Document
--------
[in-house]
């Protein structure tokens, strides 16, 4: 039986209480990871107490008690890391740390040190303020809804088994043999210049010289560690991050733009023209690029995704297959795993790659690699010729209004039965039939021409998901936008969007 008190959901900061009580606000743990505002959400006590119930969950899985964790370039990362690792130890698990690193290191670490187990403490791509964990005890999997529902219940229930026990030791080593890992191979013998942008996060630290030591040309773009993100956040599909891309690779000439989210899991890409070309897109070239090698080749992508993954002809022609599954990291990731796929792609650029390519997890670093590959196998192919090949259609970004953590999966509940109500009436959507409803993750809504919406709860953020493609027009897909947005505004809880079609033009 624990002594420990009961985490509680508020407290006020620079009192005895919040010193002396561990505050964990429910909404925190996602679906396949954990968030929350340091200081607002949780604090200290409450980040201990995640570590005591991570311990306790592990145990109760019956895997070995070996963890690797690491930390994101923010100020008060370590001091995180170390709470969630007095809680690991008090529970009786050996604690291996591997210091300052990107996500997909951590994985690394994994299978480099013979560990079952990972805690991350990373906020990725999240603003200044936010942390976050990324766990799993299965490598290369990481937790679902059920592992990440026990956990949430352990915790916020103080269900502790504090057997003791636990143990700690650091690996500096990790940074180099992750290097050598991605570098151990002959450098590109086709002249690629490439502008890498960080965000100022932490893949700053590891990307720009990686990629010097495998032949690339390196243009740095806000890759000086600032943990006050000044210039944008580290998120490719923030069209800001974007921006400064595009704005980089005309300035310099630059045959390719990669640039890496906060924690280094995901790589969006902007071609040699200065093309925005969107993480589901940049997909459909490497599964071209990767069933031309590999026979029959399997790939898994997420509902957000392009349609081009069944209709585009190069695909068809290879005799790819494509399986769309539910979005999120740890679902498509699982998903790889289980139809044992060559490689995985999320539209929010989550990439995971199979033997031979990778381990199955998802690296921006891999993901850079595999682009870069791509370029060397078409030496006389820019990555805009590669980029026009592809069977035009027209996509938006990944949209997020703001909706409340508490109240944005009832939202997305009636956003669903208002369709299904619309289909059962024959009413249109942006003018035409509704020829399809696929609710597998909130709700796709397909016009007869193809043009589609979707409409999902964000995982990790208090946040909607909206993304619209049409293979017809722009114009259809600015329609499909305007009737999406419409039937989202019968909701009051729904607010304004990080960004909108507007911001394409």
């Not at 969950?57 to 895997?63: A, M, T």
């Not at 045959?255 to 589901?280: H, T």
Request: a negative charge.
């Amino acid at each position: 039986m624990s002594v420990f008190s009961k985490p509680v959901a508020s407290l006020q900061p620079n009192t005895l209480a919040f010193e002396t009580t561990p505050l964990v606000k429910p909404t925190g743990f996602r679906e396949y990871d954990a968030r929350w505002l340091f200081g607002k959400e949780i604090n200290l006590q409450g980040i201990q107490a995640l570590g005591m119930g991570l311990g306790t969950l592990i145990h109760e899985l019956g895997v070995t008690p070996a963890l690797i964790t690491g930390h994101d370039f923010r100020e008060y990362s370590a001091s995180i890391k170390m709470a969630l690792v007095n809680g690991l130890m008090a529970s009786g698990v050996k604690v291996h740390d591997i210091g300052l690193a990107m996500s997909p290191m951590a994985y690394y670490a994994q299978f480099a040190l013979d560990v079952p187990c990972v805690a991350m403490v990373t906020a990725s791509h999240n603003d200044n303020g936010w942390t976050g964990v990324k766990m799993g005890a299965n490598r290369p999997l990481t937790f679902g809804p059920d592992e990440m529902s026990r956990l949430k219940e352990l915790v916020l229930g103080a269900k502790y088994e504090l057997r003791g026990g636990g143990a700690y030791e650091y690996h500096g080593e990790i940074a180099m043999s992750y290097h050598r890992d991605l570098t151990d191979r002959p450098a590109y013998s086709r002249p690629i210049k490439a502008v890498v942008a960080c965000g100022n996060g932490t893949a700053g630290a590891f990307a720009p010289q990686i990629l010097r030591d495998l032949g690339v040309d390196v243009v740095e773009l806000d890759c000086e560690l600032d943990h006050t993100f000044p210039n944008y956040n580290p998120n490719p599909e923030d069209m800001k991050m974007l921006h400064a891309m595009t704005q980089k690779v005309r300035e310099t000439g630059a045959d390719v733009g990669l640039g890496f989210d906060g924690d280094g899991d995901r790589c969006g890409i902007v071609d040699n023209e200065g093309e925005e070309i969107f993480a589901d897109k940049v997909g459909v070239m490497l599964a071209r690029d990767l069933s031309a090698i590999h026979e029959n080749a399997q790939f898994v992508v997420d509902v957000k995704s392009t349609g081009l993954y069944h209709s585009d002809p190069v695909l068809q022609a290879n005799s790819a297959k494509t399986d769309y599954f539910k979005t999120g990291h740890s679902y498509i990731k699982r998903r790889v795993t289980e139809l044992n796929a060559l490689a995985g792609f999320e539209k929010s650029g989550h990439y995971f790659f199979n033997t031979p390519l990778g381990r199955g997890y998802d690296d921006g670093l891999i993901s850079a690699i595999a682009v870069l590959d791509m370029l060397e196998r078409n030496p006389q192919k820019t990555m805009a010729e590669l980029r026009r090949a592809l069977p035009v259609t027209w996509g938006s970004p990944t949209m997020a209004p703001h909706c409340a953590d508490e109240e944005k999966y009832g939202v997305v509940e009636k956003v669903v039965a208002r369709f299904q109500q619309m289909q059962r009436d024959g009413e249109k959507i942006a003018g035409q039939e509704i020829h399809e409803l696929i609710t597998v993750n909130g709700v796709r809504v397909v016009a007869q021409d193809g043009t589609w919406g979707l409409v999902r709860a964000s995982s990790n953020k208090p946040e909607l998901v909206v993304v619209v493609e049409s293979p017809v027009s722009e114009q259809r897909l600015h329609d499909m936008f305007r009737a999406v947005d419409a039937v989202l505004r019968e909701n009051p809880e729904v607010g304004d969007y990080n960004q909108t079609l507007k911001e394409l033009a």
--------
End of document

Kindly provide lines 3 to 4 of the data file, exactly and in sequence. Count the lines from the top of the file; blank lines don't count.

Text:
């Not at 969950?57 to 895997?63: A, M, T």
């Not at 045959?255 to 589901?280: H, T």